Tech & Gaming

MacLife Spring 2018

Mac|Life is the leading independent magazine devoted to all things Apple. For over five years, Mac|Life has helped both new and veteran users get more out of their iPhones, iPads, Macs, and more, with coverage that cuts through today's glut of apps and accessories to find what matters most. With a bright, clean design and casual tone, Mac|Life offers an easy and enjoyable way to keep up with the latest Apple trends and topics.

United States
Future Publishing Limited US
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12 Issues

in this issue

1 min.
visit techradar.com

The march of technology never stops, so neither do we. Mac|Life’s website is now part of the new and improved TechRadar, so you can grab your fix of Mac and iOS news over at www.techradar.com. You’ll get all the latest news and tutorials for Mac, iPhone and iPad, as well as other trusted reviews, news, and how-tos that have made TechRadar one of the world’s top tech sites. We’ll see you there! Read more news, reviews, and tutorials at techradar.com GET SOCIAL FACEBOOK: facebook.com/maclife TWITTER: twitter.com/maclife OUR APP MAC|LIFE DIGITAL EDITION FOR iPAD Get it from bit.ly/maclifeapp…

2 min.
an ipad for pros?

AS WE PREPARED to send this issue to press, rumors were circulating that Apple would introduce updated iPad hardware at some point in March. By the time you’re reading this, we’ll know for sure how that panned out, but the mere possibility of new hardware, combined with talk that Apple would be relaxing its annual development cycle, got me wondering whether iPad software in 2018 is really where we expect it to be. I don’t mean the operating system itself, but apps for it. While Apple has taken steps to make the Mac and iOS devices great companions, such as by enabling us to move projects between Logic Pro X and GarageBand, I’ve recently found myself frustrated by the inability to do pretty simple things on my iPad. The first is in…

3 min.
letter of the month

As an Apple supporter (aren’t we all?) it is good to see the company succeeding in so many areas, but therein lie some major hidden risks. I believe Apple is trying to innovate in too many areas nowadays, and we see the results in both iOS and macOS issues. Experience shows that businesses that spread themselves too thinly, trying to do too much at the same time, are likely to fail. One more thing… Why didn’t Apple include mesh Wi-Fi core capability in the HomePod? The combination of smart speaker, high quality audio, and mesh Wi-Fi networking really would drive us to use HomePods across many rooms in our homes. If you know Tim Cook’s email address, please forward this suggestion to him on my behalf. Apple is now endorsing and selling…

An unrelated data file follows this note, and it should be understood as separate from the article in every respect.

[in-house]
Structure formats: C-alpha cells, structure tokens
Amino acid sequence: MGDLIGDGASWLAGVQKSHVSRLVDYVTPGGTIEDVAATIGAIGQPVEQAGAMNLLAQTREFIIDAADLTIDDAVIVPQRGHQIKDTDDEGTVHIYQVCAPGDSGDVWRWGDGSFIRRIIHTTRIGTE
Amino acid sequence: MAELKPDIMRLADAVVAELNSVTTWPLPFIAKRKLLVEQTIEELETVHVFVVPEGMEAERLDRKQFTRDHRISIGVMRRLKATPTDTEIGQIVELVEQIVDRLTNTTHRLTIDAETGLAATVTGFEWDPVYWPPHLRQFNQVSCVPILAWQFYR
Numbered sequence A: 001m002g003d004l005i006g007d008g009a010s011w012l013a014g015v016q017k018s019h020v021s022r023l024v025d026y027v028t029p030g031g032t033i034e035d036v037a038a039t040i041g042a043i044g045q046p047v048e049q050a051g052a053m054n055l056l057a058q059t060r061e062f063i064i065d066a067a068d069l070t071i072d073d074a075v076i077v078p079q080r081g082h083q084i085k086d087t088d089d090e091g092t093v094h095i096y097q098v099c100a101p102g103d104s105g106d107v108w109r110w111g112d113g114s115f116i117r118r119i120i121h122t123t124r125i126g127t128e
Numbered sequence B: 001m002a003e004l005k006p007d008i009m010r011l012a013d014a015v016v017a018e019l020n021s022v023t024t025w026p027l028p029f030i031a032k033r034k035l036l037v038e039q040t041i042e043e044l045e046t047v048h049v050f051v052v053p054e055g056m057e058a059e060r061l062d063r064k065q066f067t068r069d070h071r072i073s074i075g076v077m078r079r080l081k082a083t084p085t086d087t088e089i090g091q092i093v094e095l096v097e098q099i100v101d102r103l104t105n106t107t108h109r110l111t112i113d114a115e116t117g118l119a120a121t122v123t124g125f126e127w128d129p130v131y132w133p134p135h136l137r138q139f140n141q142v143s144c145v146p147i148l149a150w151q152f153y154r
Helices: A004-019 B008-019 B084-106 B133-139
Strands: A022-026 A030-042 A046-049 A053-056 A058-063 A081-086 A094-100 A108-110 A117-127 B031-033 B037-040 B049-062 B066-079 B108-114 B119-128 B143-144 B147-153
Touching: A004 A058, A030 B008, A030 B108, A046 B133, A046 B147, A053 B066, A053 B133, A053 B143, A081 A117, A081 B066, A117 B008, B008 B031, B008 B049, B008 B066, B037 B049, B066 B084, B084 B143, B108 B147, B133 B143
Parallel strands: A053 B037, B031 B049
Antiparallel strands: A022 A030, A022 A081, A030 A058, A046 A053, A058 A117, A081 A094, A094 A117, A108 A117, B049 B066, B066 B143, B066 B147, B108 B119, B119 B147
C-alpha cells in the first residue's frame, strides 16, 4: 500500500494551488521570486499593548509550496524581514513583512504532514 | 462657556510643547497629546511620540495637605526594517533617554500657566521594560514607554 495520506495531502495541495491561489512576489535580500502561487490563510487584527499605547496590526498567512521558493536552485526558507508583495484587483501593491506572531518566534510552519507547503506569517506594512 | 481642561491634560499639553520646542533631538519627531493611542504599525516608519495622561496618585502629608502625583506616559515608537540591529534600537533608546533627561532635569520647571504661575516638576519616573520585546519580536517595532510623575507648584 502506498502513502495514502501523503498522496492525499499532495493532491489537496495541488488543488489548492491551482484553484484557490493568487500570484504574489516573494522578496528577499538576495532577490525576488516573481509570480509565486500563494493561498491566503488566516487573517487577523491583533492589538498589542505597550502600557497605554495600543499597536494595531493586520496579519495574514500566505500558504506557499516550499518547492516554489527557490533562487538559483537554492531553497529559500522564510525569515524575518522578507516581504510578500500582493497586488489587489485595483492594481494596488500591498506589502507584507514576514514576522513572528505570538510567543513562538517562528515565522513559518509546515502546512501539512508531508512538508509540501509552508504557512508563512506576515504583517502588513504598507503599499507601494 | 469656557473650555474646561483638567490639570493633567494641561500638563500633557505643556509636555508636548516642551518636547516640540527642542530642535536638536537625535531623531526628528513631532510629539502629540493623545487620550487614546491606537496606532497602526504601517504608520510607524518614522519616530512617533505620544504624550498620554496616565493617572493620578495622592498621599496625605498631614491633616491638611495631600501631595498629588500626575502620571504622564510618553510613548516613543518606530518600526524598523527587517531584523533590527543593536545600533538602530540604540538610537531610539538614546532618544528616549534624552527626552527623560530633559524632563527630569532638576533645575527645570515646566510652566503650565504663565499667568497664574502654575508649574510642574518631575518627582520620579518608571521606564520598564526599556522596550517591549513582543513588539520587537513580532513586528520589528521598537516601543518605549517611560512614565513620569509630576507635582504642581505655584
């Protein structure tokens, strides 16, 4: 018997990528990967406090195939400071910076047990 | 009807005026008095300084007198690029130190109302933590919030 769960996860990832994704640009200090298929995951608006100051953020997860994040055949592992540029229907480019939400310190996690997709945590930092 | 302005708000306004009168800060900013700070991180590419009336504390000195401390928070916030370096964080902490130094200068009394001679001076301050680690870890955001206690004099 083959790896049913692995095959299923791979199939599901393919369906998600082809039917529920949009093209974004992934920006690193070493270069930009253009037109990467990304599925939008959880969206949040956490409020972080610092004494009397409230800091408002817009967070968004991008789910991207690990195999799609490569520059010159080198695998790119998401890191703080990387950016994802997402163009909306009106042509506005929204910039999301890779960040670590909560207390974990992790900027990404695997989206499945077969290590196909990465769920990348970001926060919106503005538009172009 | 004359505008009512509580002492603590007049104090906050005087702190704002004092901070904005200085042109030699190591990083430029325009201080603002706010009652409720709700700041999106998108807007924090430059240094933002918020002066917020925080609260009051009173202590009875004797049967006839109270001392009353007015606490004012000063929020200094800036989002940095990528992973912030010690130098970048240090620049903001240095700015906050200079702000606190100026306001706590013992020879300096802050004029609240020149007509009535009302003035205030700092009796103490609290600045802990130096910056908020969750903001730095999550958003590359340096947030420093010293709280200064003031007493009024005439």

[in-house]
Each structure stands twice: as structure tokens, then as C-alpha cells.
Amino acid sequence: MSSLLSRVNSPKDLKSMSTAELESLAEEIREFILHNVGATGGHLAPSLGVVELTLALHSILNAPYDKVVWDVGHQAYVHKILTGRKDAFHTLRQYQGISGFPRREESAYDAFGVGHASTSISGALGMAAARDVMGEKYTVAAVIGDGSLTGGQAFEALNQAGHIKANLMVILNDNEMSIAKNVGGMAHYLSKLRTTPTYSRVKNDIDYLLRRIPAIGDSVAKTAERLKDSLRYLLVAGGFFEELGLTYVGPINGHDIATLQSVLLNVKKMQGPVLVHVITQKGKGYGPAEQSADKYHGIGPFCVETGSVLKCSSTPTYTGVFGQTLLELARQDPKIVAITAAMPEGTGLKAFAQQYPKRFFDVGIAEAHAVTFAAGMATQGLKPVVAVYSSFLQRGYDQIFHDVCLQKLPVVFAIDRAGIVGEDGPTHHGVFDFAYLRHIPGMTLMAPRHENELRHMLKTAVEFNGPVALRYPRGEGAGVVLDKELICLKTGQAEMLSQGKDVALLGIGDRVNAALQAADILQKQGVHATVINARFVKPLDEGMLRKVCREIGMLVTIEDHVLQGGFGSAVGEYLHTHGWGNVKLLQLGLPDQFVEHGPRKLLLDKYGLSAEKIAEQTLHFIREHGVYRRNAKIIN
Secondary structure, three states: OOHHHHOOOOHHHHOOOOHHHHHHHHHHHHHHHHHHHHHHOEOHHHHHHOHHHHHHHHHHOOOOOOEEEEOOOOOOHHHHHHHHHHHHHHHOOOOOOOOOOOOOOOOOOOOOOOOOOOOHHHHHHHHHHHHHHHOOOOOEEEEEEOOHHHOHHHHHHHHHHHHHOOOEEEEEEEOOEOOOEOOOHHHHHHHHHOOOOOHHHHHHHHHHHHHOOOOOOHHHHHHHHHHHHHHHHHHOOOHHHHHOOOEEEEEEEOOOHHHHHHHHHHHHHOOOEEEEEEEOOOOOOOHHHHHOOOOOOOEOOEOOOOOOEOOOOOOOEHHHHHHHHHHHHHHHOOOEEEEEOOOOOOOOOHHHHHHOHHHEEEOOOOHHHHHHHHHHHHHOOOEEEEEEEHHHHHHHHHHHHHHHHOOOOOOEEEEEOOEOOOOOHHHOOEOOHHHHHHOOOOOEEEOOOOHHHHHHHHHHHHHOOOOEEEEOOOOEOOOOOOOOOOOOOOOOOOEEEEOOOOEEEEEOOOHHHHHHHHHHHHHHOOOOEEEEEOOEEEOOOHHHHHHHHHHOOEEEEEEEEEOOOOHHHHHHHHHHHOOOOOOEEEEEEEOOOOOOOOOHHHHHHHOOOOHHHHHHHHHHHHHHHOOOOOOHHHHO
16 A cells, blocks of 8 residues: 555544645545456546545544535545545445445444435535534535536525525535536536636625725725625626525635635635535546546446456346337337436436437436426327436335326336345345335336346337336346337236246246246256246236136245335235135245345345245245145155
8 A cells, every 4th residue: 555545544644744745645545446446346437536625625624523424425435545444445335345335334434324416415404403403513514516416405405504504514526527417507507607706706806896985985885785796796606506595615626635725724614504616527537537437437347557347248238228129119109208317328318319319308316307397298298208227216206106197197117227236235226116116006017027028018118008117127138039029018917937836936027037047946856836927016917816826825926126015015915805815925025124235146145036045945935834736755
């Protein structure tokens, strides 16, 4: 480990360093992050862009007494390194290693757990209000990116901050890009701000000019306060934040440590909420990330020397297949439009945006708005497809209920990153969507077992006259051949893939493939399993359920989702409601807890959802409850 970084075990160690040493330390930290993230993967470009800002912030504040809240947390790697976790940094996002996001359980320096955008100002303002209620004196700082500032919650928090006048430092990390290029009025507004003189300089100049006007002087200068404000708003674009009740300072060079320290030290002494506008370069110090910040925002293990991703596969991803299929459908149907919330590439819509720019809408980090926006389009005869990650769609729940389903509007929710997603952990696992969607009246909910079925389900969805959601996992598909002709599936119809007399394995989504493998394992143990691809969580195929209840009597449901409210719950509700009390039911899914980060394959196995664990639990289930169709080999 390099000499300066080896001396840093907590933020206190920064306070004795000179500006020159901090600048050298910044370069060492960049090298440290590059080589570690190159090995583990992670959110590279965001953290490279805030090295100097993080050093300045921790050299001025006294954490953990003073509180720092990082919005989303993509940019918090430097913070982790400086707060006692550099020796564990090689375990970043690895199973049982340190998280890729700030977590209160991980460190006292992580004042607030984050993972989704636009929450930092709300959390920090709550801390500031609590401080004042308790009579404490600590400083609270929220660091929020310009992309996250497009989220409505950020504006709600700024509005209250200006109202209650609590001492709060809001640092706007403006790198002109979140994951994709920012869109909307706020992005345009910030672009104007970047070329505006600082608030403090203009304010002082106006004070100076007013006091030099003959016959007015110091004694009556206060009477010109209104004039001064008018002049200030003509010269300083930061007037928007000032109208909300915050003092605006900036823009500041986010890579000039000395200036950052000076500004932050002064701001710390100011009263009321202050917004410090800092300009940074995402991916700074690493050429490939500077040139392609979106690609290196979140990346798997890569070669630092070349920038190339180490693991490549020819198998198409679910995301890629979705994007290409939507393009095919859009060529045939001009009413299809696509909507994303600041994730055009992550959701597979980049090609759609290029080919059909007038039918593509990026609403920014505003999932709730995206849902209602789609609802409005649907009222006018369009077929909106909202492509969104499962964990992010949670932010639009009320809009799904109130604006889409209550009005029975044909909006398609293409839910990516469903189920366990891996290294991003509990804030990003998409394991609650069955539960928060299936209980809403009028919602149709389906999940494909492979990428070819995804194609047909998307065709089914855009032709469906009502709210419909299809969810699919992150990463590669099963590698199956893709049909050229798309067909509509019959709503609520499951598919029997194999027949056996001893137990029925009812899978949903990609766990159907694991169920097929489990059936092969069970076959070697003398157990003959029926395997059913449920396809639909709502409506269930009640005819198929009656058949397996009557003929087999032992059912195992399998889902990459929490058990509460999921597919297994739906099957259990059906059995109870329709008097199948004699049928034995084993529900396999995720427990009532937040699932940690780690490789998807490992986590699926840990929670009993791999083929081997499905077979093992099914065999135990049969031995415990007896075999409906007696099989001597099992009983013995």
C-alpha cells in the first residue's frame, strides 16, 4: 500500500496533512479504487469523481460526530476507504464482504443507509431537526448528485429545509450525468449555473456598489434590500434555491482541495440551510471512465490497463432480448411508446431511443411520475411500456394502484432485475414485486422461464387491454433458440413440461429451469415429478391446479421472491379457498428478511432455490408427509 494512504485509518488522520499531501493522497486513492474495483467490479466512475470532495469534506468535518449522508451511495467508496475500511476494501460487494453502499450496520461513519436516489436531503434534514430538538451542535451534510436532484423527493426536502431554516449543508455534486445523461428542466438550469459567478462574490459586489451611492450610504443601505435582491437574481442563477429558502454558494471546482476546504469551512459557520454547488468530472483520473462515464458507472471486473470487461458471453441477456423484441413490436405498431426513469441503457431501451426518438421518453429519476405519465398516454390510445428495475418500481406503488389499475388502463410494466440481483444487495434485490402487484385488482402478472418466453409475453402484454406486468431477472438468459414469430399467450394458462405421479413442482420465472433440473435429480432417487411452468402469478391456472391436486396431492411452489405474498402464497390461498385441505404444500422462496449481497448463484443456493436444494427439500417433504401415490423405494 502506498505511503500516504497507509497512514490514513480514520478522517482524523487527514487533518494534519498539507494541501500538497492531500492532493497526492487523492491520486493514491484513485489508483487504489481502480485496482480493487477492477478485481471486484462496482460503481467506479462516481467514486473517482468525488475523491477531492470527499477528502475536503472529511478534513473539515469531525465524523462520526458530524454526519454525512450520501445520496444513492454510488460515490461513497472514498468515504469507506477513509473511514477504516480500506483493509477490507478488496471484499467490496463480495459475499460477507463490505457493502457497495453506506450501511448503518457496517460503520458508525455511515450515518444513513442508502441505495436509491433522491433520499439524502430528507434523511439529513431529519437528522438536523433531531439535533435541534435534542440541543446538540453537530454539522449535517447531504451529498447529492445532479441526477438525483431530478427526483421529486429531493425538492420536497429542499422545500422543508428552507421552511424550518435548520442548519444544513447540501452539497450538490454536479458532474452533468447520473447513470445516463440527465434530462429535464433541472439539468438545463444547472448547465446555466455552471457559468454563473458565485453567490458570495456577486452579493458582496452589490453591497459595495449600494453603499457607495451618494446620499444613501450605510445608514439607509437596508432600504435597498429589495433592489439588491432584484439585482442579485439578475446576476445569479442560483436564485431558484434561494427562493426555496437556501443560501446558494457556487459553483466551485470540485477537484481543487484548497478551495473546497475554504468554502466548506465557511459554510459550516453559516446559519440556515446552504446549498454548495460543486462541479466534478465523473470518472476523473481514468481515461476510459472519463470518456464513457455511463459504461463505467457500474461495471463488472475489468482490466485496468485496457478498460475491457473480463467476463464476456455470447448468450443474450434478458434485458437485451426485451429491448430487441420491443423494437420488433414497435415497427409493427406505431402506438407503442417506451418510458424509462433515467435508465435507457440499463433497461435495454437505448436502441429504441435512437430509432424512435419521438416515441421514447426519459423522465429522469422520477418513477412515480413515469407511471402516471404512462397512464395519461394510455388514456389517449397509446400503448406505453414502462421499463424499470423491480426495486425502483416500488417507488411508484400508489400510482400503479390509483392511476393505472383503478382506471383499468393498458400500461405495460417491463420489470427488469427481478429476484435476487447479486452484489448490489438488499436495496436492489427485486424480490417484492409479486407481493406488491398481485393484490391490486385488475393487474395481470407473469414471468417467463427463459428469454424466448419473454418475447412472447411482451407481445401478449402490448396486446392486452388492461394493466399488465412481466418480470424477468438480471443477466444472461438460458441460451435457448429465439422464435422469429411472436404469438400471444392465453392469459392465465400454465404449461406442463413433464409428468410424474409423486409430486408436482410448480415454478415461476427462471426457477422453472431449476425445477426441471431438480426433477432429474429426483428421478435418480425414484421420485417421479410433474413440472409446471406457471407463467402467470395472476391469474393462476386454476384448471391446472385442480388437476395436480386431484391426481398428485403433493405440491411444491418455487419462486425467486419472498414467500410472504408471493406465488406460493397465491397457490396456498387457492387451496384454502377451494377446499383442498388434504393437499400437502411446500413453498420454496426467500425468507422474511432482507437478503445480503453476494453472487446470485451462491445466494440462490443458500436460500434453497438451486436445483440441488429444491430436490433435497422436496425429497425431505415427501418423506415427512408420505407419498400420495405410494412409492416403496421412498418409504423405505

3 min.
apple thrives as global smartphone sales slip

WORLDWIDE SALES OF smartphones fell in the fourth quarter of 2017 compared to the corresponding quarter of 2016, according to leading data analysts. One of these, Gartner, Inc., said this is the first year-on-year decline since it started tracking the global smartphone market in 2004. Apple, however, held up well: Despite supply shortages and buyers reportedly delaying their purchases to see the iPhone X, released only in November, total iPhone shipments in the quarter were almost the same as in Q4 2016 and revenues were significantly higher. Gartner estimated that global sales of smartphones to end users totaled nearly 408 million units in the fourth quarter of 2017, a 5.6% decline compared to Q4 2016. The figures from IDC differed only slightly — total shipments 403.5 million units, year-on-year decline 6.3%…

1 min.
news in brief

> IT COSTS HOW MUCH? If third-party estimates are to be believed, there’s not as much margin in a HomePod as in most other Apple products — analyst firm TechInsights looked at all the components and reckons each HomePod costs Apple $216 to make, leaving a margin of just $133 per speaker before you even consider the costs of advertising, R&D, and other overheads. > BUILT LIKE A TANK Our friends over at iFixit.com have undertaken one of their renowned teardowns, taking apart a HomePod, and concluded: “The HomePod is built like a tank. Durability should not be an issue.” Giving the unit a repairability score of just 1 out of 10, iFixit comment: “One thing’s for sure, the HomePod wins at being the worst device ever to open. This thing is bulletproof…

2 min.
homepod makes its mark… on surfaces

SOME NEW PRODUCTS seem to hit the spot and just take off, like the original iPhone, say. Others are plagued with problems and criticisms. HomePod seems to fall into the latter category. On top of complaints about its shortcomings, some early buyers have found that their expensive new smart speaker is leaving a white ring on their even more expensive wooden surfaces. Apple has acknowledged the issue but made light of it, saying in a support note concerning “Cleaning and taking care of HomePod” (read it in full at bit.ly/ml140homepod): “It is not unusual for any speaker with a vibration-damping silicone base to leave mild marks when placed on some wooden surfaces. The marks can be caused by oils diffusing between the silicone base and the table surface, and will often go…